In Florida city, a hacker tried to poison the drinking water

In this screen shot from a YouTube video posted by the Pinellas County Sheriff's Office, Pinellas County Sheriff Bob Gualtieri speaks during a news conference as Oldsmar, Fla., Mayor Eric Seidel, left, listens, Monday, Feb. 8, 2021, in Oldsmar, Fla. Authorities say a hacker gained access to Oldsmar's water treatment plant in an unsuccessful attempt to taint the water supply with a caustic chemical. (Pinellas County Sheriff's Office via AP)
In this screen shot from a YouTube video posted by the Pinellas County Sheriff's Office, Pinellas County Sheriff Bob Gualtieri speaks during a news conference as Oldsmar, Fla., Mayor Eric Seidel, left, listens, Monday, Feb. 8, 2021, in Oldsmar, Fla. Authorities say a hacker gained access to Oldsmar's water treatment plant in an unsuccessful attempt to taint the water supply with a caustic chemical. (Pinellas County Sheriff's Office via AP)

OLDSMAR, Fla. – A hacker gained entry to the system controlling the water treatment plant of a Florida city of 15,000 and tried to taint the water supply with a caustic chemical, exposing a danger cybersecurity experts say has grown as systems become both more computerized and accessible via the internet.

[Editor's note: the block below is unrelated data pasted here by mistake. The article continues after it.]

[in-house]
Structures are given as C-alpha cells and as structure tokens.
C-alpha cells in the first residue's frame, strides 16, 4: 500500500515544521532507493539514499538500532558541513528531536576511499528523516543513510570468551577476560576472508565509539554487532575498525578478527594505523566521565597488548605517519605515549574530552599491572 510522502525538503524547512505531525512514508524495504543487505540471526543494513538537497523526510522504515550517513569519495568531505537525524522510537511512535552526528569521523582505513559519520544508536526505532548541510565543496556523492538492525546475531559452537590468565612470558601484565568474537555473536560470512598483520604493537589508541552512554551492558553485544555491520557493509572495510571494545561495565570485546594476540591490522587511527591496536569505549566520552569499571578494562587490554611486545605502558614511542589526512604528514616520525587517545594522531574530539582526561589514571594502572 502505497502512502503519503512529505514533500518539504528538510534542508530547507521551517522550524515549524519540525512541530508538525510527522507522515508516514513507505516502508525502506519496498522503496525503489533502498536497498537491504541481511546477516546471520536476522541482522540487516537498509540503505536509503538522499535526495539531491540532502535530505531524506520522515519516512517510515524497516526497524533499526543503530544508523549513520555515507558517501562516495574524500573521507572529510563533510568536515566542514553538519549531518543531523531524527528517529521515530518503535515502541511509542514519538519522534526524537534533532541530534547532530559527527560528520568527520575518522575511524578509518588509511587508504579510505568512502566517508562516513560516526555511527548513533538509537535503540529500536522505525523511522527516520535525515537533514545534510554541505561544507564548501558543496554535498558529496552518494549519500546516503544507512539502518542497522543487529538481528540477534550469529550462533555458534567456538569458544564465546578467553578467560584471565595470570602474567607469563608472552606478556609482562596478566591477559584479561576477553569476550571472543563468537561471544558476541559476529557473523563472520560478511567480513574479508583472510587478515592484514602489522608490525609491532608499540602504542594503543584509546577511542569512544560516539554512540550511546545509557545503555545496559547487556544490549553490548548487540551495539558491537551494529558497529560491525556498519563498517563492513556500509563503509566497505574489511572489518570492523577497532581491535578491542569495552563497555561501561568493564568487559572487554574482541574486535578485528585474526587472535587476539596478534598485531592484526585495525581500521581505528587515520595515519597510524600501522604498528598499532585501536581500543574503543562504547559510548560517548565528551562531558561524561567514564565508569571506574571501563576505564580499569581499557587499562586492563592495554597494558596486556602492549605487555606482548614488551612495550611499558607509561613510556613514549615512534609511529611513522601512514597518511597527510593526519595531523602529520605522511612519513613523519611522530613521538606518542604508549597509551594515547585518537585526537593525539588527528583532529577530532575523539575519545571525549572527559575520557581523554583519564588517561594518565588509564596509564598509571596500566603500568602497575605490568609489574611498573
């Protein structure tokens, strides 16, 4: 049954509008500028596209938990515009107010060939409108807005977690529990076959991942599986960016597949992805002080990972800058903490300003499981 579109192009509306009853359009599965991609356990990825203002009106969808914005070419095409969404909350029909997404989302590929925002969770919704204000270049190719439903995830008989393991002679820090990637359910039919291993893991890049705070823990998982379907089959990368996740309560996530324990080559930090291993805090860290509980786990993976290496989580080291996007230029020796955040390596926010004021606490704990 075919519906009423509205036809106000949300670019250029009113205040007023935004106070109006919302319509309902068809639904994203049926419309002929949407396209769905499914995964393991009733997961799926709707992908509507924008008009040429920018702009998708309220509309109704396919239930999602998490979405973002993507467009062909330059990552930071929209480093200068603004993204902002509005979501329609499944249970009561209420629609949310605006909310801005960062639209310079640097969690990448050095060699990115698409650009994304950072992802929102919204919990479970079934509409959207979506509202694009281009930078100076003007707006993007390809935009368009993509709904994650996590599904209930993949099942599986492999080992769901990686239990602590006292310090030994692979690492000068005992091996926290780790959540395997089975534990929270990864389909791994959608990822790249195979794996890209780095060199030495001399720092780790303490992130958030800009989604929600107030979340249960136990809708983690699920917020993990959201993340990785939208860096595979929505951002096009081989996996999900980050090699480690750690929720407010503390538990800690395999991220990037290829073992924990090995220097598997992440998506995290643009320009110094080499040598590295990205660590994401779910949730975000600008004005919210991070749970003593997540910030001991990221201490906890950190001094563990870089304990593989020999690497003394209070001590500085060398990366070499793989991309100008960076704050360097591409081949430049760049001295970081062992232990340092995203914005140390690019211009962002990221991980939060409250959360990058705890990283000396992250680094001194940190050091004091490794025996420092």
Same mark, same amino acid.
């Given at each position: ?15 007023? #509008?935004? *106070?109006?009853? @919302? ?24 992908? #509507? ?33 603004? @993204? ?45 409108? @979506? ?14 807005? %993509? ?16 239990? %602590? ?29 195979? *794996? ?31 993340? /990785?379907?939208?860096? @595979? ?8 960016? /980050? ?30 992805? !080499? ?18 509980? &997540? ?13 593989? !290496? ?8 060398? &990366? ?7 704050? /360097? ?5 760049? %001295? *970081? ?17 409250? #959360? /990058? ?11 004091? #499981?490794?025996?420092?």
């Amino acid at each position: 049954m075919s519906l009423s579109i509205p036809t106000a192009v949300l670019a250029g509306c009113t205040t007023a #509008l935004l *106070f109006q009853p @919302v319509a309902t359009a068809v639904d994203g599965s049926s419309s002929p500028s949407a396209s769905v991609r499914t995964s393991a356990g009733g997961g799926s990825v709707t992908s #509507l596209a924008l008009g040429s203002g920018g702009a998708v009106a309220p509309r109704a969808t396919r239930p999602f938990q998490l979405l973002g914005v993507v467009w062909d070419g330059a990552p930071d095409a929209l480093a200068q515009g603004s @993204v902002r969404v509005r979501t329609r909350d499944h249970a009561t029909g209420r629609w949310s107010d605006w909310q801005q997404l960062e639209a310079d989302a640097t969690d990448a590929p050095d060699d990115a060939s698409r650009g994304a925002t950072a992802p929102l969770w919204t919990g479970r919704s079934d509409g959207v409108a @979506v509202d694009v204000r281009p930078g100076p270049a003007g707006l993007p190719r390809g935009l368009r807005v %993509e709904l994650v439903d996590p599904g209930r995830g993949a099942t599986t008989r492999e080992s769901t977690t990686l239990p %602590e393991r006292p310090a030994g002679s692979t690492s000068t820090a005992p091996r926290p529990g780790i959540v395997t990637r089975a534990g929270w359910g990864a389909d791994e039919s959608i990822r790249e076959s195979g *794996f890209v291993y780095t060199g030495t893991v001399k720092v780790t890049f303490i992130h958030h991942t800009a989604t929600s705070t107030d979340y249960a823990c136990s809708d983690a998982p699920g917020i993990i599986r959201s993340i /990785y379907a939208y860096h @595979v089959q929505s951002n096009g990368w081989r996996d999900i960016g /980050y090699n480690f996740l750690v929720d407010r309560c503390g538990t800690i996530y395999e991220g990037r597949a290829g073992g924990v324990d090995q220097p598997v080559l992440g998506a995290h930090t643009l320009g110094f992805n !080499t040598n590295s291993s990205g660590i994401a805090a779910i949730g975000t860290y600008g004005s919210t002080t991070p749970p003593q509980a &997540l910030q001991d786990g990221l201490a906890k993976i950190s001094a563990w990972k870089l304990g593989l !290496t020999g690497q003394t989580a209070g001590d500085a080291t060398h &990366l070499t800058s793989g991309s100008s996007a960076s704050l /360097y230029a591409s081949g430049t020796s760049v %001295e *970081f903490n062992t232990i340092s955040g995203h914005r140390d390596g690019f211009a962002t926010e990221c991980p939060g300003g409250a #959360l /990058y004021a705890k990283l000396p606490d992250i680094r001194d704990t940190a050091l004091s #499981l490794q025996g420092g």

The hacker who breached the system at the city of Oldsmar's water treatment plant on Friday using a remote access program shared by plant workers briefly increased the amount of sodium hydroxide by a factor of one hundred (from 100 parts per million to 11,100 parts per million), Pinellas County Sheriff Bob Gualtieri said during a news conference Monday.

Sodium hydroxide, also called lye, is used to treat water acidity but the compound is also found in cleaning supplies such as soaps and drain cleaners. It can cause irritation, burns and other complications in larger quantities.

Fortunately, a supervisor saw the chemical being tampered with — as a mouse controlled by the intruder moved across the screen changing settings — and was able to intervene and immediately reverse it, Gualtieri said. Oldsmar is about 15 miles (25 kilometers) northwest of Tampa.

Gualtieri said the public was never in danger.

But he did say the intruder took “the sodium hydroxide up to dangerous levels.”

Oldsmar officials have since disabled the remote-access system, and say other safeguards were in place to prevent the increased chemical from getting into the water. Officials warned other city leaders in the region — which was hosting the Super Bowl — about the incident and suggested they check their systems.

Experts say municipal water and other systems have the potential to be easy targets for hackers because local governments’ computer infrastructure tends to be underfunded.